If this were a film or a phone call, you might just have heard the shrill sound of air racing past my lips as I exhaled.

Happy Monday,

PS Below you'll find the first installment.

Her thighs ache as she cranks down the bike-path running along Memorial Drive towards the Longfellow Bridge. The Cateye strapped to her handlebars reads 28 MPH and 155 BPM. Not to shabby for someone just completed a ten-hour shift. 

She'd be on her way home, but the guy at her last stop had paid her fifty-dollars to deliver a heavily-taped envelope to his lawyer's office near Government Center and told her there'd be an extra fifty-bucks if she got it there by six.

Jetting past as line of roadies clad in matching spandex logos, the leader curses as she nearly clips his front tire sliding back to right in order to avoid an oncoming commuter.  

"You gonna let her do that to us?", says one of the riders from the middle of the pack.  "C'mon, man, let's catch her."

She doesn't need to turn her head to picture the scene behind her. Bodies bent low over the handlebars. Heads angled up. Eyes fixed on ass in front of them. The wheels of each bike separated from the next by just two to three inches. She pictures their faces distorted with grimaces of determination. So serious. But then it's hard to take a bunch of guys wearing matching neon pink and green spandex seriously.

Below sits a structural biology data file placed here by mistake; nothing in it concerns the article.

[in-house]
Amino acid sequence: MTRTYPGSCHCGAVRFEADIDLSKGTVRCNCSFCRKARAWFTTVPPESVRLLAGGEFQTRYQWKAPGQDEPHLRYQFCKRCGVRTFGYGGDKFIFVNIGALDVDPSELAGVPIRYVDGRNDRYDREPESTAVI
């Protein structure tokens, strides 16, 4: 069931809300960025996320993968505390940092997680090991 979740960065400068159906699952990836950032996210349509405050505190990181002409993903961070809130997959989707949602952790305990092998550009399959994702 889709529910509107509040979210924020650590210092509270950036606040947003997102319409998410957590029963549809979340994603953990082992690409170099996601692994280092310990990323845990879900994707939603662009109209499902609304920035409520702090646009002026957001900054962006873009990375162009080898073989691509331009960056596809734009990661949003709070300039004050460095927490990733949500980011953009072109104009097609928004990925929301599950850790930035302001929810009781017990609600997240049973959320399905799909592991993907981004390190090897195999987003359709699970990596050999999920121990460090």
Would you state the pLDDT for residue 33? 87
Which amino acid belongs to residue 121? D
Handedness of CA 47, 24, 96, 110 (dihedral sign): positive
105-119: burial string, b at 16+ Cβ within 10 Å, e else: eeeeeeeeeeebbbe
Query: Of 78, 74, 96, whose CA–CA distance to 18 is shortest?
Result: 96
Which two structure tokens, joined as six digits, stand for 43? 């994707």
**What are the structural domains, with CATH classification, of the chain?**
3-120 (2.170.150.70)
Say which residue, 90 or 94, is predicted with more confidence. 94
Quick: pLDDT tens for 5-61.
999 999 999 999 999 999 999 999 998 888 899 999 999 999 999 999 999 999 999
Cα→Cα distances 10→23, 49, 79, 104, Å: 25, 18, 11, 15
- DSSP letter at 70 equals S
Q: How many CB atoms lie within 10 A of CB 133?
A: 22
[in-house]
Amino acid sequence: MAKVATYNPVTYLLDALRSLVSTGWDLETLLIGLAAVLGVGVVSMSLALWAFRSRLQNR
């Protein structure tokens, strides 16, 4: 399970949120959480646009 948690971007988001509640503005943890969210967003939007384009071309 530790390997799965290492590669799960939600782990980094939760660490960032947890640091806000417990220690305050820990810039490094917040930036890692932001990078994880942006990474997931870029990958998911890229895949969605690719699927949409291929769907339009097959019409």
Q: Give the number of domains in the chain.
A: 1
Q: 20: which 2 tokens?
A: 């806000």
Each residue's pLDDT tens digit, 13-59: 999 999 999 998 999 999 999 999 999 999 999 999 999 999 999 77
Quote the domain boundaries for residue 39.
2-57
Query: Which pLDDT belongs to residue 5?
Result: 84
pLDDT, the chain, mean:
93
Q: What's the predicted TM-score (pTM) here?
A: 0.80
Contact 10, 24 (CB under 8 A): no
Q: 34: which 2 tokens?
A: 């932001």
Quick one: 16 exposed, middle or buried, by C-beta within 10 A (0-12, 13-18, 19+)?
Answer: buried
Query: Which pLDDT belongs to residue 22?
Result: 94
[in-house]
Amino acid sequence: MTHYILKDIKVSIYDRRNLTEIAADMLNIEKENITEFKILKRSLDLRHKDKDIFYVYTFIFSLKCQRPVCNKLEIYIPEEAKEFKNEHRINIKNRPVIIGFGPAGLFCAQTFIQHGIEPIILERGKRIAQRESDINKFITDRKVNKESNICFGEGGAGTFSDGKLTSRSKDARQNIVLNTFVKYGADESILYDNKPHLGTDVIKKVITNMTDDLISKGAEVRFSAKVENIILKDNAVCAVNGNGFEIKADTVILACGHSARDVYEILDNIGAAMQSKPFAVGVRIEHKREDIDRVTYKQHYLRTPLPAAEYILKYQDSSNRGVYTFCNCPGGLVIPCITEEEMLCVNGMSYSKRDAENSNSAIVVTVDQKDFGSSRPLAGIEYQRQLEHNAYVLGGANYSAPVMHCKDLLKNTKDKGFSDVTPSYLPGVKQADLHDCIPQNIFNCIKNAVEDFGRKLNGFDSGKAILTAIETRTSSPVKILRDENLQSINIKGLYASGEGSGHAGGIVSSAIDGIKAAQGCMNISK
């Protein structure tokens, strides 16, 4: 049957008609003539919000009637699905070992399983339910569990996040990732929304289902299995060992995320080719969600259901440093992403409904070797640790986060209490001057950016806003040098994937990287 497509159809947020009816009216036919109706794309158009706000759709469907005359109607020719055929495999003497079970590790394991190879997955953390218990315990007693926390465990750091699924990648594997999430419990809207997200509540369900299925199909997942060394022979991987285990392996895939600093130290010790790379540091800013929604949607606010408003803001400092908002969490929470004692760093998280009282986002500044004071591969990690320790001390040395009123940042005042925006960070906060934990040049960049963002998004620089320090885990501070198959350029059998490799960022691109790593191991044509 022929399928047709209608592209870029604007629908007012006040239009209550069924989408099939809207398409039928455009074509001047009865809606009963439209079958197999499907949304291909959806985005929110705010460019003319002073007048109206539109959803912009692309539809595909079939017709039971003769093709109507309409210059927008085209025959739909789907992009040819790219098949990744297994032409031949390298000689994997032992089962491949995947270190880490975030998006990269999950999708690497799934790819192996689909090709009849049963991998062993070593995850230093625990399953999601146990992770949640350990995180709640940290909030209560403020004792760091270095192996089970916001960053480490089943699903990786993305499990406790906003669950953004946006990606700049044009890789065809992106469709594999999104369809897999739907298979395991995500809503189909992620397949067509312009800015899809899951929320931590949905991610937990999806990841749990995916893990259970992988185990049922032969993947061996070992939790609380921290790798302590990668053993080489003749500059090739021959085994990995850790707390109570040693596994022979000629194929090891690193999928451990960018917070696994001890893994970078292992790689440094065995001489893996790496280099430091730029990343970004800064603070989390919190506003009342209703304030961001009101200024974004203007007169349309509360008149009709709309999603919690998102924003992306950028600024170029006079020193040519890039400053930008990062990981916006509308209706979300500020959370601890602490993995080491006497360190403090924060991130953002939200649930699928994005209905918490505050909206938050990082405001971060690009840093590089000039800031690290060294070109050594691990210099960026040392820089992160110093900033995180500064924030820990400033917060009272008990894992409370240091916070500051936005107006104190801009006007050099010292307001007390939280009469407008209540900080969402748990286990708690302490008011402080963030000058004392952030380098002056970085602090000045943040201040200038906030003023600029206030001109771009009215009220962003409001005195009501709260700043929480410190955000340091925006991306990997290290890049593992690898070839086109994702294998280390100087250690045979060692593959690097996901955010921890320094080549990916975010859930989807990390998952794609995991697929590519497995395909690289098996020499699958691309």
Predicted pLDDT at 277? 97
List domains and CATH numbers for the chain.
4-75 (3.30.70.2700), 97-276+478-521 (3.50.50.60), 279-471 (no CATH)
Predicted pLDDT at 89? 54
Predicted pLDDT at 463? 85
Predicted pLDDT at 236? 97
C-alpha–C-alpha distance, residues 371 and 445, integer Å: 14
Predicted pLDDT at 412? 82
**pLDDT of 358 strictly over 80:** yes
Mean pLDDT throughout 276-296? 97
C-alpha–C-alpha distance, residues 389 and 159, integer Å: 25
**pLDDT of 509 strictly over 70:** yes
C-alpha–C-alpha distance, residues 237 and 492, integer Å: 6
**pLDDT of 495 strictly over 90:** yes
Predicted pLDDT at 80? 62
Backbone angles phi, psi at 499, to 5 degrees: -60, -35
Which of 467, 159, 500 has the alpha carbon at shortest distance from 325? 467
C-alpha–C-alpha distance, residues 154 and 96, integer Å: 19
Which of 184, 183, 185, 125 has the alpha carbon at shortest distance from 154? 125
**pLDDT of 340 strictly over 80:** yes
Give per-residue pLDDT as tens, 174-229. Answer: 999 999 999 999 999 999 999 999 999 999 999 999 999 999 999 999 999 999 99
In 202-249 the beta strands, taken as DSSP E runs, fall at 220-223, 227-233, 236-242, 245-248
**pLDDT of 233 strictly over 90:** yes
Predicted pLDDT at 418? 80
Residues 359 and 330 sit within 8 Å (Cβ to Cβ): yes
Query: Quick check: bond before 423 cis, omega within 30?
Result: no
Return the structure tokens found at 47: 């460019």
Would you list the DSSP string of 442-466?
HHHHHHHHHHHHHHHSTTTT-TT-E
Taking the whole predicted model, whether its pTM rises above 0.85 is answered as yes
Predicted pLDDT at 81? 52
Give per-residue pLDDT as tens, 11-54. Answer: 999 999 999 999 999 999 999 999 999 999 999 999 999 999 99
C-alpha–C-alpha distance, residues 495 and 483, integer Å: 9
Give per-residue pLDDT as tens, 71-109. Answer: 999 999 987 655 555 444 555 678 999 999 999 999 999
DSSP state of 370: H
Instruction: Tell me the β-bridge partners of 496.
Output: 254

She slides the Shimano's thumb-shifter under the right bar-grip momentarily easing her cadence as the chain slides smoothly onto the big ring and then doubles down using the cleats of her Giro's to pull up on the pedal passing from six to twelve as she slams down on the one passing from twelve to six. The sounds of determination fade behind her as the Cateye flashes 35 MPH and her pulse climbs to 180.

Across the river, the golden dome of the State House plays peek-a-boo behind the centuries-old, brick and stone row houses that carpet the mound of dirt rising from the Charles. Decision time: stay on the path and climb the steps onto the bridge or join the rush-hour traffic on Memorial Drive and ride up the ramp.